Sunday 9 April 2023

Another day in my Strood garden - 9th April 2023

Easter is a funny time in the south-east with its millions of people.  It has been pleasant for two days now but the desire to try and drive out anywhere is tempered by the traffic and scores of people who feel the urge to visit the outdoors at this time, so as a rule I lurk at home.  The garden was neglected yesterday but today was the comforting place for this grumpy old sod, where I got on with some jobs that needed doing but with my camera with me at all times for once.

It was pleasantly warm and there were more insects to be seen around my wild spring flowers.  There were many more small Bees with countless male Andrena around the Willow and Ivy but I saw no females to try and narrow it down. I did however find one male that I thought was Andrena haemorrhoa with a little red tail tip.

It would appear that these are also Andrena haemorrhoa but just a little worn

Andrena haemorrhoa hopefully!

A single female Andrena flavipes was on my Dandelions and my first female Anthophora plumipes zoomed around along with several males.  Bombus hypnorum became my first of the year and I saw pascuorum and terrestris once again.

Anthophora plumipes

Anthophora plumipes

Andrena flavipes

A big Queen Common Wasp was nectaring on the Euphorbias and the Hoverflies were equally interested although only the Epistrophe eligans seemed to be feeding while the feisty Myathropa florea were using it as a look out!  Several Eupeodes and Syprhus ribesii were noted and I found Platycheirus albimanus and scutatus and a single Eristalis pertinax.

 Queen Common Wasp - Vespula vulgaris

Platycheirus albimanus

Platycheirus scutatus group

Platycheirus scutatus group - hair clump visible at the top of the front leg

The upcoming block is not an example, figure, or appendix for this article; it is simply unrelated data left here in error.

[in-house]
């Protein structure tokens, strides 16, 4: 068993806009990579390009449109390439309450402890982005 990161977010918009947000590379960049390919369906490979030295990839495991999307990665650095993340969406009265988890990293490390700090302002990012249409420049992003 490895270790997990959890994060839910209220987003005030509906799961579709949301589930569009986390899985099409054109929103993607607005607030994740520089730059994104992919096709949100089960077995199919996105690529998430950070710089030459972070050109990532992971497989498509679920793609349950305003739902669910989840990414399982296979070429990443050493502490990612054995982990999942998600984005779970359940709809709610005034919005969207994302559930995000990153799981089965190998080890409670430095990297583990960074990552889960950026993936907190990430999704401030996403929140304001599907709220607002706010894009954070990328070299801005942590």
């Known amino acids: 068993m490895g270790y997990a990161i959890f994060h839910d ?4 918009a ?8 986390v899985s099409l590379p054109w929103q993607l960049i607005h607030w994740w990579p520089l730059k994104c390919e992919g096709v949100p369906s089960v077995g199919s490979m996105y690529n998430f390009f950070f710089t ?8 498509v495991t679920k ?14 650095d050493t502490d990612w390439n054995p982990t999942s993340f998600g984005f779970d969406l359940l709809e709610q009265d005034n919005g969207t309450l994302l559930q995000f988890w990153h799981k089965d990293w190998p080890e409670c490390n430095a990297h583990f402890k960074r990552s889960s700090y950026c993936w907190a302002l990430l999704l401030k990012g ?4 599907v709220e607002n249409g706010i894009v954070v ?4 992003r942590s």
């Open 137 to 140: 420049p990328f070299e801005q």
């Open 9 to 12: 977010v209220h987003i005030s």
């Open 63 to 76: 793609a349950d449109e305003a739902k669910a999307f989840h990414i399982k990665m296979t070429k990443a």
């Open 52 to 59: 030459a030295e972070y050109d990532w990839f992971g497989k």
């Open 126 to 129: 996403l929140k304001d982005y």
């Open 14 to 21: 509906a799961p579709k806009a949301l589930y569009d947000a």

male Eupeodes sp

male Eupeodes sp

Myathropa florea 

Myathropa florea 

Epistrophe eligans 

Epistrophe eligans 

Epistrophe eligans 

Syprhus ribesii

Syprhus ribesii - hind legs seen well

Eristalis pertinax - wave your hands in the air like you just don't care!

I was quite pleased with the single Yellow Dung Fly two days ago but today I found six males and a female around the Euphorbia so perhaps that is attracting them in.  I think I may have found another species too but I am not sure.

Yellow Dung Fly - Scathophaga stercoraria

Yellow Dung Fly - Scathophaga stercoraria

Scathophaga possibly furcata

There were a few blue bummed Calliphora around and a spiky Tachinid that I think I have seen before while the Dark-edged Bee-flies were doing what they do best while the tiny Sawflies were out gunned by the appearance of a monster decked out in shiny gold armour but even this can only be taken to two species without intimate examination!

Abia lonicerae or aenea -  a beast of a Sawfly

Macquartia sp - a Tachinid

Musca autumnalis  I think

Doing it like they do on the Discovery Channel

Calliphora vicina - Does my bum look big in this?

Calliphora vicina

Dark-edged Bee-fly - Bombylius major

Dark-edged Bee-fly - Bombylius major

Two Butterfly species today with a couple of Speckled Woods and single high speed female Brimstone and one tiny moth that I followed until it landed.  It would seem (thanks To Mr Wren) that it is a splendid no-hoper that could be one of three species and requires some ‘work’ to figure it out!

Mompha jurassicella – divisella - bradleyi -  take your pick!

Winter and summer coloured Green Shieldbugs were ambling around and a female Misumena vatia Crab Spider was my first of the year although she avoided my camera with that classic ‘spider roll’ off her chosen Dandelion.

Green Shieldbug

Not so Green Shieldbug

I sat and chilled for a bit and was surprised that no calling Med Gulls appeared and I have not had one over the house so far this spring. Perhaps they are not breeding at Cliffe Pools this year in any numbers?  The Starlings have cleared out their Swift box and are singing well with the male doing some fabulous Common Gull mewing in with his whistles and clicks.  The House Sparrows were singing from in the think of the Pyracantha and were looking particularly dapper while both Firecrest and Goldcrest were singing strongly once again.

House Sparrow

House Sparrow


Blue Tit

Time for dinner and nice glass of wine…

1 comment:

  1. I can't believe you have firecrest as a garden tick.!!